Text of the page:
Mutations Linked to Cleft Lip and Palate

Seven mutations in FGF pathway may account for up to 5 percent of cases

THURSDAY, March 8 (HealthDay News) -- Mutations in the fibroblast growth factor (FGF) signaling pathway, previously shown to be important in craniofacial development, can lead to cleft lip and palate, according to a report published online March 6 in the Proceedings of the National Academy of Sciences.

Jeffrey C. Murray, Ph.D., of the University of Iowa in Iowa City, and colleagues sequenced the coding regions and performed association testing on 12 genes in the FGF signaling pathway from 184 individuals with non-syndromic cleft lip and palate. Protein structural analysis was used to predict the functional consequences of amino acid variations.

The investigators identified seven different mutations that correlated with cleft lip and palate. The mutations may account for 3 percent to 5 percent of the disease cases. Each different mutation was predicted to disrupt FGF signaling, although by different mechanisms. Genetic mapping identified associations between single-nucleotide polymorphism in some of the FGF genes and cleft lip and palate.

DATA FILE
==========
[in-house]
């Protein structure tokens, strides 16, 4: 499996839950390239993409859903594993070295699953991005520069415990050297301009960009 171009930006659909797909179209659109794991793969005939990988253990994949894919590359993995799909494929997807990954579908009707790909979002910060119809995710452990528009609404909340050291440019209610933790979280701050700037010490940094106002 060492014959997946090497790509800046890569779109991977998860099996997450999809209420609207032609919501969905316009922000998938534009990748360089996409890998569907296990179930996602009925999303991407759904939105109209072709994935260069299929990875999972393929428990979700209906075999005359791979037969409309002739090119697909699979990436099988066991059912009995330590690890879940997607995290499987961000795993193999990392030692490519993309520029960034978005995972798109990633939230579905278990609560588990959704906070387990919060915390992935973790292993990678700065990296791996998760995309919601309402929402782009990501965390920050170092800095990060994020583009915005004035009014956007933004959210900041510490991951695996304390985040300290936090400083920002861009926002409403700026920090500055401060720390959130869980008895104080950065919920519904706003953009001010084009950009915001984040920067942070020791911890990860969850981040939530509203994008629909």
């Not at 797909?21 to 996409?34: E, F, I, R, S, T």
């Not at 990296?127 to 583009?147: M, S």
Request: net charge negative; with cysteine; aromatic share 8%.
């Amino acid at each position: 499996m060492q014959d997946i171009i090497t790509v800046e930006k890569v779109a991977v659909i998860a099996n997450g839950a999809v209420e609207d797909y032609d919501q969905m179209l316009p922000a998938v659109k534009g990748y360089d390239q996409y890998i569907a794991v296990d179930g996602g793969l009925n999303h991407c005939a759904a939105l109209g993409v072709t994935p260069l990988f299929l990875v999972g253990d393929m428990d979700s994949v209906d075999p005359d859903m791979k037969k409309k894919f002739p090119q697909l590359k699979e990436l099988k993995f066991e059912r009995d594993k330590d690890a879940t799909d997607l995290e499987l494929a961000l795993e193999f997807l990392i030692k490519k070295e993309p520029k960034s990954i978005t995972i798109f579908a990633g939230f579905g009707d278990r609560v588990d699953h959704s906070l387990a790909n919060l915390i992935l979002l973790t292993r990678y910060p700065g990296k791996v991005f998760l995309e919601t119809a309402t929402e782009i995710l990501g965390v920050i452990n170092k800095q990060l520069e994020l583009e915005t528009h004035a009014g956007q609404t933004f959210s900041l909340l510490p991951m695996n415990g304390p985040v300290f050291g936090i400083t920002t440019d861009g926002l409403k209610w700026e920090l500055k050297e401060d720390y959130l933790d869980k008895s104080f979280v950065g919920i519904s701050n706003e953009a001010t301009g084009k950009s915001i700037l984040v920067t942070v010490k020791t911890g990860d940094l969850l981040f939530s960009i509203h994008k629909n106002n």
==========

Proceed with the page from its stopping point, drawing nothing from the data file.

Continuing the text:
"Clinically, we can begin to think about creating sequencing screening panels by using the FGF and FGFR genes as well as other candidate genes�which are highly likely to contribute to clefting," the authors write. "The technology and high-throughput nature of this method will allow physicians and genetic counselors to test for mutations in known causative genes and enable carrier detection, prenatal screening, and improved recurrence risk estimates for other family members."

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Barry Thrash

Barry Thrash

Updated on March 08, 2007

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